Secretary Kerry poses for a group photo with fellow EU, P5+1 foreign ministers and Iranian Foreign Minister Zarif after reaching Iran nuclear deal, in Vienna, Austria, July 14, 2015.
Secretary Kerry poses for a group photo with fellow EU, P5+1 foreign ministers and Iranian Foreign Minister Zarif after reaching Iran nuclear deal, in Vienna, Austria, July 14, 2015.

STATE DEPARTMENT - The comprehensive plan of action between Iran and world powers is designed to significantly curb Iran’s ability to produce nuclear weapons while providing phased sanctions relief.
Under the plan, Iran will limit uranium enrichment and enrichment-related activities. It also agrees to phase out some of its centrifuges – machines used for uranium enrichment.
Further, Iran will not conduct research and development activities that could contribute to the development of a “nuclear explosive device.”
Break-out time

The deal is designed to increase the amount of time that Iran would need to produce a nuclear weapon from a few months to a year, the so-called break-out time. However, if this violation of the agreement did occur, world powers say they are prepared to take steps to re-impose sanctions.
While the agreement covers nuclear-related economic and financial sanctions, it does not cover other restrictions on Iran, such as U.S. sanctions for what it says is Iran’s support of terrorism, as well as penalties for human rights abuses.

Also, a U.N. arms embargo on conventional weapons would eventually be lifted, if Iran reaches the goals of the agreement.
The International Atomic Energy Agency (IAEA) will monitor Iran’s compliance with provisions in the agreement, partly through inspections.
The plan also calls for the establishment of a joint commission that will monitor the implementation of the agreement.
4  pathways

In a statement, the White House said the deal between Iran and the five permanent members of the U.N. Security Council and Germany would block Iran’s four “pathways” to a nuclear weapon. Those pathways are highly enriched uranium at Iran’s Natanz and Fordow facilities, the ability to produce weapons-grade plutonium and “covert” attempts to produce fissile material.
President Barack Obama said Iran currently had a stockpile that could “produce up to ten nuclear weapons.” The agreement would reduce that stockpile to “a fraction of what would be required for a single weapon,” said Obama.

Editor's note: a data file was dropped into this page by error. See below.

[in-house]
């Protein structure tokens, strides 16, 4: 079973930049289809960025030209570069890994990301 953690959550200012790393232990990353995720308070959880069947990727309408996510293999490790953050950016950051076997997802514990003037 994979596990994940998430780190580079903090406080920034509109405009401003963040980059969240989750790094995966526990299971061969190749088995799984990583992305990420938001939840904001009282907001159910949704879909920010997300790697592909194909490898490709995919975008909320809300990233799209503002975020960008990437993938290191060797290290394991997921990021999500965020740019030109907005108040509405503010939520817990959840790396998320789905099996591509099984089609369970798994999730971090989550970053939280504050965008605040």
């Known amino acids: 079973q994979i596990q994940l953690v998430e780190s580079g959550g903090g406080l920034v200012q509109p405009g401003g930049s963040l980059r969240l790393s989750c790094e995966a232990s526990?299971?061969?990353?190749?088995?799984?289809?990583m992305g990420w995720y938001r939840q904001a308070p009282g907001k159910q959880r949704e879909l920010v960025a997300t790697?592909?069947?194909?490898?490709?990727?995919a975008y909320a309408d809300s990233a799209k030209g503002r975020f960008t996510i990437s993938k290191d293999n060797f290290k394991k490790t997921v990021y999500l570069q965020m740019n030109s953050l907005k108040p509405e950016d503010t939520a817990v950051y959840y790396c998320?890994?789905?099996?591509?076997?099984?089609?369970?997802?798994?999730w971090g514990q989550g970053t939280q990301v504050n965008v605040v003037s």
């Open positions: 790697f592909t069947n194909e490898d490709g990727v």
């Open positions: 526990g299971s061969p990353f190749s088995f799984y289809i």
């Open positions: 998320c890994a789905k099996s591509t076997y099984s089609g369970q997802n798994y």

In a background briefing, senior administration officials said the president had instructed U.S. negotiators in Vienna to avoid focusing on deadlines but instead focus on getting a “quality deal.” Some members of the U.S. negotiating team have been in Vienna for over a month.
“There is no sense of time here anymore. The days and nights have all flowed together,” said one senior administration official about the marathon talks.
According to Iranian state media, President Hassan Rouhani noted that since he took office, he had been saying “The West would have engagement,” with Iran if it “quits the language of threat and humiliation.” He commented in a nationally televised address.

Non-proliferation agreement

The deal is a non-proliferation agreement, said Ploughshares Fund policy director Tom Collina, a nuclear weapons and missile defense expert.
“Through this agreement, they will not have the physical ability to do it without being caught over the next ten years,” he said.
“The risks of having this agreement are significantly less than having no agreement whatsoever,” said James Acton, the Nuclear Policy Program co-director at the Carnegie Endowment for International Peace.
“This agreement appears to contain pretty stringent limits on Iran’s program, pretty stringent verification provisions,” he said.
Secretary of State John Kerry, who has spent more than two weeks at the Vienna negotiators, said “confidence is never built overnight.”
“It is developed over time,” he said.
Kerry said none of the sanctions would be lifted until Iran implements commitments. He also said that some restrictions on Iran would remain in place for years to come.


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